Do you see that? One of the most powerful tools in our evangelistic armoury is the goodness of God. If we only tell people about their sin, and refuse to point out God’s mercy and grace already in their lives, we are missing out a vital evangelistic lever. By highlighting God’s existing mercy and grace we encourage sinners to seek even more of it (2 Peter 3:9).

Everywhere grace does not save, but it does point us to the One who does.

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God’s Every-Animal Grace

Why doesn’t the rain fall only on the Christian farmer’s fields? Why do the wicked enjoy vacations in Hawai? God’s everywhere grace (commonly called “common grace”). “He makes His sun rise on the evil and on the good, and sends rain on the just and on the unjust” (Matt. 5:45).

Why do the evil have such full freezers and why do the wicked have such happy times? God’s everywhere grace that fills their hearts with food and gladness (Acts 14:17).

God’s everywhere grace is everywhere and experienced by everyone. Or to put it negatively, there is no one and no place on earth that is devoid of everywhere grace (Ps. 145:9; Acts 14:15-16).

Scottish islands and North Korean Gulags
That’s not just true of the Grand Canyon, the Niagara Falls, and the Scottish islands. Go to the the most notorious high security prison in Venezuala, go to North Korea’s gulags, go to Al Qaeda training camps in Pakistan, and there you’ll find some evidences of God’s everywhere grace.

Find the most sadistic child-abuser, the most disturbed serial killer, or the most monstrous terrorist, and you’ll find everywhere grace somewhere in their lives. You’ll find some faint traces of God’s undeserved kindness. Even breath itself.

It’s hard to see – the evil is so thick and dark that it almost envelops everything else – but awful though these places and people are, none of them are as bad as they possibly could be. The Lord lightens every person that comes into the world (John 1:4).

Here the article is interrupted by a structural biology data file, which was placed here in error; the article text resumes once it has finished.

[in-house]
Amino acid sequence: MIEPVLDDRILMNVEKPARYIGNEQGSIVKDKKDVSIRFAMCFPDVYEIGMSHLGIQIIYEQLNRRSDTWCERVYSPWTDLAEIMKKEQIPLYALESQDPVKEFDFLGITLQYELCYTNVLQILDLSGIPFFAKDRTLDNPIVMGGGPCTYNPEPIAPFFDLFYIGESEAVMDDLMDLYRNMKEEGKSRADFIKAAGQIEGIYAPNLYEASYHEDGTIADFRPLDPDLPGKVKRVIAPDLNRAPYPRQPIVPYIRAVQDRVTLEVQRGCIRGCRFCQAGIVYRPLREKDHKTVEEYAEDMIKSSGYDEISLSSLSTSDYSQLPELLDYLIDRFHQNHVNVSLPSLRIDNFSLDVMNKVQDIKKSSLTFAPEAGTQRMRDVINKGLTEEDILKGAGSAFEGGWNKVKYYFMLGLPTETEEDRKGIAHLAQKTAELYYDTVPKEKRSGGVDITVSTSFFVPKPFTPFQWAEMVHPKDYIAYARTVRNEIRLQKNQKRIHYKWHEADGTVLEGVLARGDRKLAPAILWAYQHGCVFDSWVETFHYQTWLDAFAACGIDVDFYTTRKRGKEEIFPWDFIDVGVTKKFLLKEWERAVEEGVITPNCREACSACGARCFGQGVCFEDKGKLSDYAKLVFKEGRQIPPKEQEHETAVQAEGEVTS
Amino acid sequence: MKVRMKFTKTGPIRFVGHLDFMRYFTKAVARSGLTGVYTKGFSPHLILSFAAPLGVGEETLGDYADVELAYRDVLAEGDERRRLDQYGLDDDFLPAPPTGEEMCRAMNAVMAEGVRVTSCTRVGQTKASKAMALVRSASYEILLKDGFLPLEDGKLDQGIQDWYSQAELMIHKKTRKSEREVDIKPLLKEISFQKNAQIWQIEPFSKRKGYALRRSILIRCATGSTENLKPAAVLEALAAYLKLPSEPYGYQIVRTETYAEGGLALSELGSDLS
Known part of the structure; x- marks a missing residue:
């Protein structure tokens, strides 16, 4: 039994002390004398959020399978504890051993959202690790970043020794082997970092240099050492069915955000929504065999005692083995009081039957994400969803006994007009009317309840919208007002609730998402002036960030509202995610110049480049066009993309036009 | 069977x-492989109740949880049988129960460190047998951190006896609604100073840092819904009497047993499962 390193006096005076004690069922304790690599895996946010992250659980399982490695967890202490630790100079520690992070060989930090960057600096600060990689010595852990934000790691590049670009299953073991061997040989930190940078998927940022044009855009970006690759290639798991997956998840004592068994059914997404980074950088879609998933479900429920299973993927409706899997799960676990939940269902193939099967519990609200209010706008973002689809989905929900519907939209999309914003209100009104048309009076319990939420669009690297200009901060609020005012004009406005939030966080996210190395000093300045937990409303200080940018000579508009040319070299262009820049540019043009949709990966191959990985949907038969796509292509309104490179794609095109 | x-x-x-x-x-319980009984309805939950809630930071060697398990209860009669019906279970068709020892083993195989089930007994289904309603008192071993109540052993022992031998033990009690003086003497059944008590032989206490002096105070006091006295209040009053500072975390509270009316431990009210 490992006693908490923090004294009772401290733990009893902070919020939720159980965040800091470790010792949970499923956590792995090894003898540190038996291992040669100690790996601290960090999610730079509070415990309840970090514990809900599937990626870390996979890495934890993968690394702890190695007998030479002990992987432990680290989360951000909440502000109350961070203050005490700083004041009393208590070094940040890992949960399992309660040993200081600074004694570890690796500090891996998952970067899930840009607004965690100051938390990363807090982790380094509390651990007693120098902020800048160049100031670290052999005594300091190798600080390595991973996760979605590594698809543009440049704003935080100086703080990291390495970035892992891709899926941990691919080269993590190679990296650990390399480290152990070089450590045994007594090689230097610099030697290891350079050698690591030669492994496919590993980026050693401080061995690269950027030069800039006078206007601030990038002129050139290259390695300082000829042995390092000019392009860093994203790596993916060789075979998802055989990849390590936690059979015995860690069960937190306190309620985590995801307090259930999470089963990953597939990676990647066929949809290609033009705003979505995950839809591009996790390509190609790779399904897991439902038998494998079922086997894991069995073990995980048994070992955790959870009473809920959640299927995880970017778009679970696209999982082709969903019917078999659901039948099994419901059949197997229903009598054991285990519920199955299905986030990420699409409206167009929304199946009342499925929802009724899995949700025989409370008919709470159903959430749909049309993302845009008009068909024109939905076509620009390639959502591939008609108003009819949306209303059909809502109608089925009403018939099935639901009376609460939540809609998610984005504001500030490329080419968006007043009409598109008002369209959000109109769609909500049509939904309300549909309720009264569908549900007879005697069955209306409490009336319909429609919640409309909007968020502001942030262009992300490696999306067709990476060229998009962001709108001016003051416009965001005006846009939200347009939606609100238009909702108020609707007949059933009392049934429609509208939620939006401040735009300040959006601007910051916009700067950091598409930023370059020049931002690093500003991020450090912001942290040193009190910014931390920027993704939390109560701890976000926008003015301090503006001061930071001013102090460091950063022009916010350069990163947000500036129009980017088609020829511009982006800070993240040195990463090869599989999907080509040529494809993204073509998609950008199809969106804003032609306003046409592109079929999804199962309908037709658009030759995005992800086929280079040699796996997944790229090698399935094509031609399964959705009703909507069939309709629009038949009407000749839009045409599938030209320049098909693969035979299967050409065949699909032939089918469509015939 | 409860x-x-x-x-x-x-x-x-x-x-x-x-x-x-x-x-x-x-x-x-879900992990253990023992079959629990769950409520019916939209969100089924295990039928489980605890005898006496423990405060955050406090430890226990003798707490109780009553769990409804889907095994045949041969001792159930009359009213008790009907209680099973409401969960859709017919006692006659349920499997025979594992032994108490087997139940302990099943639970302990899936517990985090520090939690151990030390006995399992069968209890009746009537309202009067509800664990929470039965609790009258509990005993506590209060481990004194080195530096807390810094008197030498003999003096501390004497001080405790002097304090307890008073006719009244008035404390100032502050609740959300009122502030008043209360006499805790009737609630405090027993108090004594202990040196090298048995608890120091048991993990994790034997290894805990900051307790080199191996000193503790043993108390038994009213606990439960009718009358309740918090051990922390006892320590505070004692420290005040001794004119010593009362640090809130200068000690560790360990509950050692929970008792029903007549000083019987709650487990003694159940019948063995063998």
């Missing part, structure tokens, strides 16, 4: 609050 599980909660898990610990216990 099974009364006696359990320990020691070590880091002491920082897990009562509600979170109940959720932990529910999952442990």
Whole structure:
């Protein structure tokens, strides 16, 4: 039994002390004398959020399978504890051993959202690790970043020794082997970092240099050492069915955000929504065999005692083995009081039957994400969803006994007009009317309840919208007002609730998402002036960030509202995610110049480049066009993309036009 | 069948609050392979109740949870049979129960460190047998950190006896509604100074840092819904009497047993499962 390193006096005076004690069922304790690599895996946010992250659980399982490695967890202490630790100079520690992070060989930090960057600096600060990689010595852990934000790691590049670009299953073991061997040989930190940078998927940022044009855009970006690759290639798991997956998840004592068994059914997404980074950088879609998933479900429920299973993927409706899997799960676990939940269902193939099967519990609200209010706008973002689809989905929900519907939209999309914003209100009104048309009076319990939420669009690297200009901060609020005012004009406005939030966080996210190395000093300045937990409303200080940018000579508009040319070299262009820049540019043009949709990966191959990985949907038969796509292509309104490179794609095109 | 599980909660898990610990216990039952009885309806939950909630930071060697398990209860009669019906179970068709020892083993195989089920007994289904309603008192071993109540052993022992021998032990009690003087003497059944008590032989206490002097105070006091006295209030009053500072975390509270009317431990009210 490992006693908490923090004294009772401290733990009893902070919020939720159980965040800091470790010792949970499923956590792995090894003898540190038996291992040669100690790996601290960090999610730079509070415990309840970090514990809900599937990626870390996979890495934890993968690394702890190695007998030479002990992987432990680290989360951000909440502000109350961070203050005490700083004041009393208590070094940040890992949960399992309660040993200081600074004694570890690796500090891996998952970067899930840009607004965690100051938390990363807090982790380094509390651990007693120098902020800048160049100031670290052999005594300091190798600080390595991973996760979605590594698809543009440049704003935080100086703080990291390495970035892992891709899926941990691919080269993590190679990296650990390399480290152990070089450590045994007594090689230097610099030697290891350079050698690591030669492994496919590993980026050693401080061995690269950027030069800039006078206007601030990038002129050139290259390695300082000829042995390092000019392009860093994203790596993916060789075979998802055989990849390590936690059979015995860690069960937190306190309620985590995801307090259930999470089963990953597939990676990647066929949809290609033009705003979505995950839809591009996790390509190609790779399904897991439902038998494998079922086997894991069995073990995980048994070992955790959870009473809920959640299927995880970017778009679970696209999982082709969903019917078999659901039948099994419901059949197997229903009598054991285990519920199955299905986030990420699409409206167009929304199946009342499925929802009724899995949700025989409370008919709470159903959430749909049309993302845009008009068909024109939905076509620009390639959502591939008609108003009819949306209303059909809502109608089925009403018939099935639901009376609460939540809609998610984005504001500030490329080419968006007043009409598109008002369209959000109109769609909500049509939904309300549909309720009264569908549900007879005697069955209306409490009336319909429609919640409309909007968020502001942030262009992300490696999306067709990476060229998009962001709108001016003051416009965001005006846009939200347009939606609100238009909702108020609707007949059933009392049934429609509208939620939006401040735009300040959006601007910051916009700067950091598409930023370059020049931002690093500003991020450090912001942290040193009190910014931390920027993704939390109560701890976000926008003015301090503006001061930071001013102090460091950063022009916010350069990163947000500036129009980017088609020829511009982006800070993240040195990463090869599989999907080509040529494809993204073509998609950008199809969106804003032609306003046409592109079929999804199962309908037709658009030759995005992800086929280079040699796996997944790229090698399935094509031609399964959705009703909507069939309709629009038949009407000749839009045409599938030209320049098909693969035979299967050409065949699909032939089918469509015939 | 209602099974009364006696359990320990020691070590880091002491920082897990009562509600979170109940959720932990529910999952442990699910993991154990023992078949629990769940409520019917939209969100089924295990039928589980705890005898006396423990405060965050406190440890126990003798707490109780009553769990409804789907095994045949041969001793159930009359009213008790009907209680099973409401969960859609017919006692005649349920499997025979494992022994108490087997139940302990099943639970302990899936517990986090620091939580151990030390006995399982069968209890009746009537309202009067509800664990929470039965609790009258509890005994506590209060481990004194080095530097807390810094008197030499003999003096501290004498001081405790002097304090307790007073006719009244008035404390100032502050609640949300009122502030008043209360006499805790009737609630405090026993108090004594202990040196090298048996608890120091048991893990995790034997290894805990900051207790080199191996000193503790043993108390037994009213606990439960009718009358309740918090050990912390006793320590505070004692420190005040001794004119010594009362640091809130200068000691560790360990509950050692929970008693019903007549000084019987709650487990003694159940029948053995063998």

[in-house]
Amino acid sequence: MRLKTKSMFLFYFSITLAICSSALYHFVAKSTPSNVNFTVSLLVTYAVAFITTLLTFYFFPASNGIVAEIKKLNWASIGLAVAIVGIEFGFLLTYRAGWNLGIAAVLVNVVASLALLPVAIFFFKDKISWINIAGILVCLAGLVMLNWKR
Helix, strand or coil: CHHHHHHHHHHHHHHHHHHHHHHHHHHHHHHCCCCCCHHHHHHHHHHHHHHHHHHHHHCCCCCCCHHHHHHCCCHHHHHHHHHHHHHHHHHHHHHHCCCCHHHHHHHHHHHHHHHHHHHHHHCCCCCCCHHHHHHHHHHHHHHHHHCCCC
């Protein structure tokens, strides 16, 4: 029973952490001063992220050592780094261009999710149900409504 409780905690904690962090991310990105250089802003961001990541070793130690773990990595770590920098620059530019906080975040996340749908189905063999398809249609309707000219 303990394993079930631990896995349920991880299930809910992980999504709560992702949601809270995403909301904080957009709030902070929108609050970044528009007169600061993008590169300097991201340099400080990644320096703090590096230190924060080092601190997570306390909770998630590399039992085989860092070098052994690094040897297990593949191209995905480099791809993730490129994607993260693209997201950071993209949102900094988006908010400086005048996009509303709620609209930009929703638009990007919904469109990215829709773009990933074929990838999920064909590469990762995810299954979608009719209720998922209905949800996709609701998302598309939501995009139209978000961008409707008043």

Even the most hardened criminals have some code of honor that draws the line somewhere in what they would do or not do. North Korean prison guards can still extend surprising mercy to their terrified captives. Al Qaeda operatives cook one another food and share funny stories around their camp fires. These are only traces, the remaining vapors of God’s everywhere grace, I know, but still, if we can see it there and in these people, can we not more easily see it in our workplaces and in our boss?

Grace for animals?
And even if for a time you cannot see God’s everywhere grace in the people around you, what about the animals? Yes, God’s everywhere grace extends to animals too. Why don’t the animals tear one another to pieces until there’s only one left? What can explain the affection of our dogs, the playfulness or our cats, and the cuteness of our hamsters? Yes, God’s every-animal grace.

Of course, God’s everywhere grace is not everywhere in the same proportions. God gives it according to His sovereign wisdom and power, and He chooses to give more of it to some people and places than to others.

Here’s a question for you: Does God sometimes give more of His everywhere grace to unbelievers than he does to believers (those who have been given His special saving grace)? Does that explain why we sometimes find unbelievers are kinder and just nicer people than some Christians?

See Previous Post: God’s Everywhere Grace